As the world prepares to commemorate World No Tobacco Day on Thursday, Uganda is striving to fight against the use of the substance which is a source of income to some people and yet a drain to the economy in terms health care.
World Health Organization (WHO) in a statement issued on Wedneday May 30, 2018 said in Uganda the cost of tobacco use constitutes 0.5 percent of the Gross Domestic Product (GDP), while expenditure on treating tobacco induced illness is 2 percent of the National Health Expenditure.
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The statement noted that tobacco causes over 1 in 10 heart diseases, including stroke.
This year’s theme, ‘Tobacco and heart disease,’ focuses on tobacco use as a key risk factor for developing heart and related diseases, including stroke.
A study, “The Health Cost of Tobacco in Uganda,” released last year shows that the total cost of tobacco use including the direct cost of treatment and the indirect costs of loss of income and productivity from death and disability is 126.48 million U.S. dollars.
The study indicates that the total health cost outweighs the market value (81.22 million dollars) of tobacco products or the assumed benefits of tobacco use in Uganda.
Global annual costs from tobacco use, according to WHO, is 1.4 trillion dollars in health care expenditure and lost productivity from illness and premature death.
The health body says there is need to highlight the dangers associated with using tobacco, and to press for policies to reduce its use.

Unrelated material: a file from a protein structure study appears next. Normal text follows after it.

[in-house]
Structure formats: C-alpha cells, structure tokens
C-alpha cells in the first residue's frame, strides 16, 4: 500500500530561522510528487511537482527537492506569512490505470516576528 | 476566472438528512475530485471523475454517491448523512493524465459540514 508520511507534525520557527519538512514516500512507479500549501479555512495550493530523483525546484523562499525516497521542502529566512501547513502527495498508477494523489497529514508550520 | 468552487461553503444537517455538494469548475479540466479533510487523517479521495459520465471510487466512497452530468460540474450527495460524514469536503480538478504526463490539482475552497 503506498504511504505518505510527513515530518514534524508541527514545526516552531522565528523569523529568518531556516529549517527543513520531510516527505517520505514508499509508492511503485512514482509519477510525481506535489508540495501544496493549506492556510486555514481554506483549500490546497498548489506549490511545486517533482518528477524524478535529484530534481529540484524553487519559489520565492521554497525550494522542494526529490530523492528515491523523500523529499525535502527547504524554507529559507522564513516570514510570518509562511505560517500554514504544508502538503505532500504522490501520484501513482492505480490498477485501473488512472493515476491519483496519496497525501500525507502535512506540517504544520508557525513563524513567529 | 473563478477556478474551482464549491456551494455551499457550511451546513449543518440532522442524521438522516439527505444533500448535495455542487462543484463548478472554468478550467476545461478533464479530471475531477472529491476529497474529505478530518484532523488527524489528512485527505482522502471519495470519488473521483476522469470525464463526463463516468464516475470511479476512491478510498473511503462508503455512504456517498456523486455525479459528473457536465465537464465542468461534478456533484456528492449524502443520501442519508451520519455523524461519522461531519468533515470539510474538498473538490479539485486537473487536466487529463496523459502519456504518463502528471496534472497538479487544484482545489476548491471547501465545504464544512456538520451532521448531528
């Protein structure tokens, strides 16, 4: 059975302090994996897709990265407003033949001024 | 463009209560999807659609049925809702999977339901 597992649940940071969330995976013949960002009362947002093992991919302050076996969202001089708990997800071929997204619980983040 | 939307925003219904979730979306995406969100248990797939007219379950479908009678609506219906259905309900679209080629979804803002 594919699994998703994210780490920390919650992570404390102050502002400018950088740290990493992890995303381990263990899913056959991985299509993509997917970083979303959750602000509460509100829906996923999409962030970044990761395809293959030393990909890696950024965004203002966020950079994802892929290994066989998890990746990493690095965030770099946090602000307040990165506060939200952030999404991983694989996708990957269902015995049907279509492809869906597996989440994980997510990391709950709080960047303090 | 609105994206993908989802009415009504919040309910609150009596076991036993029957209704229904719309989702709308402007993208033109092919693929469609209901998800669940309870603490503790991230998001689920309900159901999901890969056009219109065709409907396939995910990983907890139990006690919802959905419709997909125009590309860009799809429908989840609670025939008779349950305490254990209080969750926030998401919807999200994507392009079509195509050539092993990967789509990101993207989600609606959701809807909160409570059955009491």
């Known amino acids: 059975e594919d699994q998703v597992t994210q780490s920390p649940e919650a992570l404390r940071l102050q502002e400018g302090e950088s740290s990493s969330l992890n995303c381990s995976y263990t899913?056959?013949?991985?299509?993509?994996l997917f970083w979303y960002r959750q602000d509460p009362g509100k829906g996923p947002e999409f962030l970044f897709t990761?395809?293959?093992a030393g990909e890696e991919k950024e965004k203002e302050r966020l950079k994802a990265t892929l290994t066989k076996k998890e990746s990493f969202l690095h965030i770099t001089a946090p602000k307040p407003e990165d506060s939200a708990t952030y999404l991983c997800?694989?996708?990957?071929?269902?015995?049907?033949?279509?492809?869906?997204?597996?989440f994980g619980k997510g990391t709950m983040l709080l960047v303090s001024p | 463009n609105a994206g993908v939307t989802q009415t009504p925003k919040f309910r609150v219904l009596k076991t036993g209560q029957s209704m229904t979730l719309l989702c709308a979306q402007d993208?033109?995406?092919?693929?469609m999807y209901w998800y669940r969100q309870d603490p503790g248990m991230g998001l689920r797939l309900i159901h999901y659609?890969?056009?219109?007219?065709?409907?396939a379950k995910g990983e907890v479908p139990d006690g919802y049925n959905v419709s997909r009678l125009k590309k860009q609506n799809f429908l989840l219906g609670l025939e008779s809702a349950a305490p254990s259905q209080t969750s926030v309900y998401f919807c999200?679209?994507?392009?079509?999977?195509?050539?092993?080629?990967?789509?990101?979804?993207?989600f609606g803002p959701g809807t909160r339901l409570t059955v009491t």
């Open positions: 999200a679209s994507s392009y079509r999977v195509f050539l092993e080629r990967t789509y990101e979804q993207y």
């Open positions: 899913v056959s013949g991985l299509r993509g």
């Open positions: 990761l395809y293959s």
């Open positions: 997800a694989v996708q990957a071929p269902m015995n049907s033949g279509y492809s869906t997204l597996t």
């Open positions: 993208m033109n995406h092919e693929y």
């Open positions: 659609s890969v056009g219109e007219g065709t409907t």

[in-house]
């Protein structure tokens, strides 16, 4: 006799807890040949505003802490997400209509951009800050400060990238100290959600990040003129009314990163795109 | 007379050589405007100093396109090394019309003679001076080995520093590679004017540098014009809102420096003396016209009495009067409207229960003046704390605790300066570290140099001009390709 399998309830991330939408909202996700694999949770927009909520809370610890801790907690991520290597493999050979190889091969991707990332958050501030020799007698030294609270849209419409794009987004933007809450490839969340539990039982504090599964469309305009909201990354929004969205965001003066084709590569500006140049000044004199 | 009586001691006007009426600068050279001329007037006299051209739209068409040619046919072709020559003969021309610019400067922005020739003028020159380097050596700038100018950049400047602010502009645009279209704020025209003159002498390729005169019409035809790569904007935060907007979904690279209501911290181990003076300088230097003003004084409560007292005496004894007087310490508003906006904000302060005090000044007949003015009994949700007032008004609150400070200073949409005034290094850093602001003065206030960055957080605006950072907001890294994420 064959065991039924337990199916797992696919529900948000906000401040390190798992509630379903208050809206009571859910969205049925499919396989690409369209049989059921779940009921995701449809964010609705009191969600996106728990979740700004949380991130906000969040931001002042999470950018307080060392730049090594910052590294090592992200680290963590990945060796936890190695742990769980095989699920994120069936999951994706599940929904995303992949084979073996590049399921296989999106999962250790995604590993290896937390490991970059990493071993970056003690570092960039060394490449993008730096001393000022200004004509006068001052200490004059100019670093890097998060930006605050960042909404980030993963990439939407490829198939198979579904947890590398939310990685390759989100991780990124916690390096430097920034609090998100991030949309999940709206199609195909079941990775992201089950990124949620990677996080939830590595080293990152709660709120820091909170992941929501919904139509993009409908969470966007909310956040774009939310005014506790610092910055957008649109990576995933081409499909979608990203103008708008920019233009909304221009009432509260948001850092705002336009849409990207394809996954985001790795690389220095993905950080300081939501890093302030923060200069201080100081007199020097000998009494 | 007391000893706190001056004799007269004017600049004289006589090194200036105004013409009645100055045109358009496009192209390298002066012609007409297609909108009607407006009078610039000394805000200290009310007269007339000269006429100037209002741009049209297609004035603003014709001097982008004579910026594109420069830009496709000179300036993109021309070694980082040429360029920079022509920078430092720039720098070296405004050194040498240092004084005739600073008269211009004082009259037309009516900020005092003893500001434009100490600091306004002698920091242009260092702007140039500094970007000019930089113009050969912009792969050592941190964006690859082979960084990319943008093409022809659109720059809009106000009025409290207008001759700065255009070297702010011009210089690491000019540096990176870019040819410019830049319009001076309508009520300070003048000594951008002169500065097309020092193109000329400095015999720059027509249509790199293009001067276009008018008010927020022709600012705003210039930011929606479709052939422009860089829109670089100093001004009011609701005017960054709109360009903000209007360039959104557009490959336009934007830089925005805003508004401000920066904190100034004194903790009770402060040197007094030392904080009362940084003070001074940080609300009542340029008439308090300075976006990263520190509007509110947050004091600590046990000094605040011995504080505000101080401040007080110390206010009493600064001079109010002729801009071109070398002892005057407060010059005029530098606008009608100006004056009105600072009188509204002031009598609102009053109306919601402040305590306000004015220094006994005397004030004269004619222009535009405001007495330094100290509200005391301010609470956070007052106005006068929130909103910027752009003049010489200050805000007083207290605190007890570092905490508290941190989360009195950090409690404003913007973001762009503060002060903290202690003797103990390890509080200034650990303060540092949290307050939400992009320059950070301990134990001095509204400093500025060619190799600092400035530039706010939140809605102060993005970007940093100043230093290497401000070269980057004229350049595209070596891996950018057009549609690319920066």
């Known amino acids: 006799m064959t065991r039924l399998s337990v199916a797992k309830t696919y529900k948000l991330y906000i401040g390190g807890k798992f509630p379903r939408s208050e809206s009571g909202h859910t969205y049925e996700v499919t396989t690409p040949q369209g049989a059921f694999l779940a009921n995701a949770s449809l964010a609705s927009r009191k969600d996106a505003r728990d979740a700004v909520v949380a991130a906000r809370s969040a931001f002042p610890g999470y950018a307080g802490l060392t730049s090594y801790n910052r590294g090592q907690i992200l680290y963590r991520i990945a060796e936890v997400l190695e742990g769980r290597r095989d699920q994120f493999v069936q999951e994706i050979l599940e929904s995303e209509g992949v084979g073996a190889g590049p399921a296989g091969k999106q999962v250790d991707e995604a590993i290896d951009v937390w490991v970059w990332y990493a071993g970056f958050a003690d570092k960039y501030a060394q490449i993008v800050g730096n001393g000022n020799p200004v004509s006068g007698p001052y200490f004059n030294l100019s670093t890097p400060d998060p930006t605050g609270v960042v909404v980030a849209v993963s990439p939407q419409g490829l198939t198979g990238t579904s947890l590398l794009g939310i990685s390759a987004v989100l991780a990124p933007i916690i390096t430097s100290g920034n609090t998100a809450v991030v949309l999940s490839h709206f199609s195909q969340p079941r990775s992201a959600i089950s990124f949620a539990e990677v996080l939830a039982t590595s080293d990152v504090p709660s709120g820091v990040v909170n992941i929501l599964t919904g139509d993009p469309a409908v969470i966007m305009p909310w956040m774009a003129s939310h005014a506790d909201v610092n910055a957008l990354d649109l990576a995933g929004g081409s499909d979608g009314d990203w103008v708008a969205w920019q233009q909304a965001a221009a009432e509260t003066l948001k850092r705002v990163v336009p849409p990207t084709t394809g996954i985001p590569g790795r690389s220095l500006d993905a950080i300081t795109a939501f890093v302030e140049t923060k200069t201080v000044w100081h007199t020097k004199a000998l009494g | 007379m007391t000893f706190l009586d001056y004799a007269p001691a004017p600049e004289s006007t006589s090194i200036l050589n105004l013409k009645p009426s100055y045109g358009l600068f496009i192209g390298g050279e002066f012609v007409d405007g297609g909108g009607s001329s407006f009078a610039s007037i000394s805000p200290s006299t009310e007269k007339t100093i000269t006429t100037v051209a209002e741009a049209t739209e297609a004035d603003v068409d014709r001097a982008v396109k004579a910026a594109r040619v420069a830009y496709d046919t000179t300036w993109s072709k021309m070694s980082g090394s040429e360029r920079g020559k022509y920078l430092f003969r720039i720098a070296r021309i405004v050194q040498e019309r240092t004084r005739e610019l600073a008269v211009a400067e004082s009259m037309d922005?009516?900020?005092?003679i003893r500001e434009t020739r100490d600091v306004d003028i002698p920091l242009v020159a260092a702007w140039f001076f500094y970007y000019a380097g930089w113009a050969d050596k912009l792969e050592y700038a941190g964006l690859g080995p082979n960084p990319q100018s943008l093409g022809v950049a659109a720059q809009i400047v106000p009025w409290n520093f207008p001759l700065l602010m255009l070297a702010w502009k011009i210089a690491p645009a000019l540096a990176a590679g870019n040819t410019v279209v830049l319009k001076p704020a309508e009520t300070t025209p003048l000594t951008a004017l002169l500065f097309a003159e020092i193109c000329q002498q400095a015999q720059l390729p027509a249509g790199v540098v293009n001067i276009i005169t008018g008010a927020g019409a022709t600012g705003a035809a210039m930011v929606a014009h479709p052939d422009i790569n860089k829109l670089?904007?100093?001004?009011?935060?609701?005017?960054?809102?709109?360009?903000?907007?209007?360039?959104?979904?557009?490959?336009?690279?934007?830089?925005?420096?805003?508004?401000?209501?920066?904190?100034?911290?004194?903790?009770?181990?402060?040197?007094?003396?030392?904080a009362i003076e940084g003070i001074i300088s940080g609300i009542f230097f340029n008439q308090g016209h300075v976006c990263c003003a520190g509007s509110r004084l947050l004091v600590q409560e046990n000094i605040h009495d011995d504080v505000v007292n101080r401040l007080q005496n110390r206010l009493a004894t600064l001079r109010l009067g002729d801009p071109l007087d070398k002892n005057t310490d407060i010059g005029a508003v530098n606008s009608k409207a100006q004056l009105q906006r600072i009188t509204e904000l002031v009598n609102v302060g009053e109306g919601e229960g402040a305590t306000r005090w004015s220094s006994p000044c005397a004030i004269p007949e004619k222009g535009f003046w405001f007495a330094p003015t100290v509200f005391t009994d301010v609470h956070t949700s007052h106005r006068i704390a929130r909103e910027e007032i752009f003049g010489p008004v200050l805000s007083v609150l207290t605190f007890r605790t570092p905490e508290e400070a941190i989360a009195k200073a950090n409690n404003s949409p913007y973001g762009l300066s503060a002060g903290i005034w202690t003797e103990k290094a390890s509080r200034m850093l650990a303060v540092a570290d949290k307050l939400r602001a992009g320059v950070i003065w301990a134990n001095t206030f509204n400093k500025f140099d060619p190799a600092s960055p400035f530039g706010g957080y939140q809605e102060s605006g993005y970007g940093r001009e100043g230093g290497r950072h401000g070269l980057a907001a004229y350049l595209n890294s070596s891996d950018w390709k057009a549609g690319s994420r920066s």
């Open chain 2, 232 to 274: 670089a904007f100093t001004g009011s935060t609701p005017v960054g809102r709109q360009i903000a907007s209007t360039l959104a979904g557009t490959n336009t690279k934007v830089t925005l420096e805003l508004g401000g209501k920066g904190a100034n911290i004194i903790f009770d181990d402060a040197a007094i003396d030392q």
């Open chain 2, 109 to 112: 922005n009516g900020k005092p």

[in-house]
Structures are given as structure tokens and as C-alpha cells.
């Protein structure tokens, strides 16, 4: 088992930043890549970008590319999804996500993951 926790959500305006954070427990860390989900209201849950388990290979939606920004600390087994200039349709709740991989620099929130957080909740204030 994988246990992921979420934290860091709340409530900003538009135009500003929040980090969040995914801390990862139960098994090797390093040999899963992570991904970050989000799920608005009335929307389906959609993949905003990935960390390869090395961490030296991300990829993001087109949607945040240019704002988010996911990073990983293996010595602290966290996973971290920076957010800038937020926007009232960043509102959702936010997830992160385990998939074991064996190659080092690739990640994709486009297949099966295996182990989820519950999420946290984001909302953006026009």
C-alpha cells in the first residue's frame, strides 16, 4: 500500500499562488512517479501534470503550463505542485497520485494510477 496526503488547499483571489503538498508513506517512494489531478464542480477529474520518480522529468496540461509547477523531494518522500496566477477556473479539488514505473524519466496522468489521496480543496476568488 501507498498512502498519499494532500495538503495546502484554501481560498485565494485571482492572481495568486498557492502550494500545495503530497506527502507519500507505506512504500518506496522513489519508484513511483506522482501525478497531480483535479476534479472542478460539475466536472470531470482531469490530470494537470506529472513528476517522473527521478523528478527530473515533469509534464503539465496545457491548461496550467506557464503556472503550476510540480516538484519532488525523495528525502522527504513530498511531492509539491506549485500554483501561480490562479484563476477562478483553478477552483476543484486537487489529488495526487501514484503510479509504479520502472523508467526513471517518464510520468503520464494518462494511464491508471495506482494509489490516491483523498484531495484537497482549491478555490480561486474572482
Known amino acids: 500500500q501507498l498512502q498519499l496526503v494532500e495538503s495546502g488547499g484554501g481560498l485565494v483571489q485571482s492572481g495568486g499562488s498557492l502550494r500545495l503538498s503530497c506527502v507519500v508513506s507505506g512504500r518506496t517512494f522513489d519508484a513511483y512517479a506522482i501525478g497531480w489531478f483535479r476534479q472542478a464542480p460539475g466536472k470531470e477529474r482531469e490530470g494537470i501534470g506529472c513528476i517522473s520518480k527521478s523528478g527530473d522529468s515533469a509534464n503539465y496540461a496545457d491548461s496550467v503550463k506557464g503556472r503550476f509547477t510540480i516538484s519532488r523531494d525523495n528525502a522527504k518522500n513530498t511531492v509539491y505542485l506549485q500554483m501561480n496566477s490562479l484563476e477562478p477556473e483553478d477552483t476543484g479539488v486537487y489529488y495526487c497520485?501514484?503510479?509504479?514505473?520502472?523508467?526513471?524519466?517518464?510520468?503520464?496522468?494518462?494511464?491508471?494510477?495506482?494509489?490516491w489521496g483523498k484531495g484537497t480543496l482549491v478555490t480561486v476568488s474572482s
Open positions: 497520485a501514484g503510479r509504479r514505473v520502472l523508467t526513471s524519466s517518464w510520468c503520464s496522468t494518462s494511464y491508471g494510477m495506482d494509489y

Uganda enacted a Tobacco Act about three years ago spelling out stringent measures to curb the produce, import, use and promote tobacco products.
The law banned advertising, promotion and sponsorship by tobacco manufacturers, distributors and sellers.
Government also banned importation, manufacture and sale of tobacco products which do not conform to standards. The country’s tax body, Uganda Revenue Authority, recently destroyed contraband cigarettes worth 410,000 dollars.
The law also made it illegal to smoke in public places.
Diana Atwine, the permanent secretary ministry of health recently said that whereas the country has a good law, it needs to be implement to realize the desired results.
Atwine said government would embark on sensitizing young people on the dangers of smoking.
“The percentage of young people with mental illness is associated with drug abuse. Young people fancy smoking shisha this is dangerous,” she said, noting that in their campaign against smoking, they will target university students.
She said the ministry would also destroy a 40-feet container full of shisha pots and related apparatus that were confiscated from bars and restaurants across the country.
Civil society organizations are also pushing companies to have in place regulations against the use of tobacco.
Primah Kwagala, an official of The Center for Health, Human Rights and Development, a civil society organization, told reporters recently that companies which fail to protect employees from smokers will face civil litigation.
Tobacco farmers, however, protest the increased pressure to stop tobacco use arguing that their household income is reducing.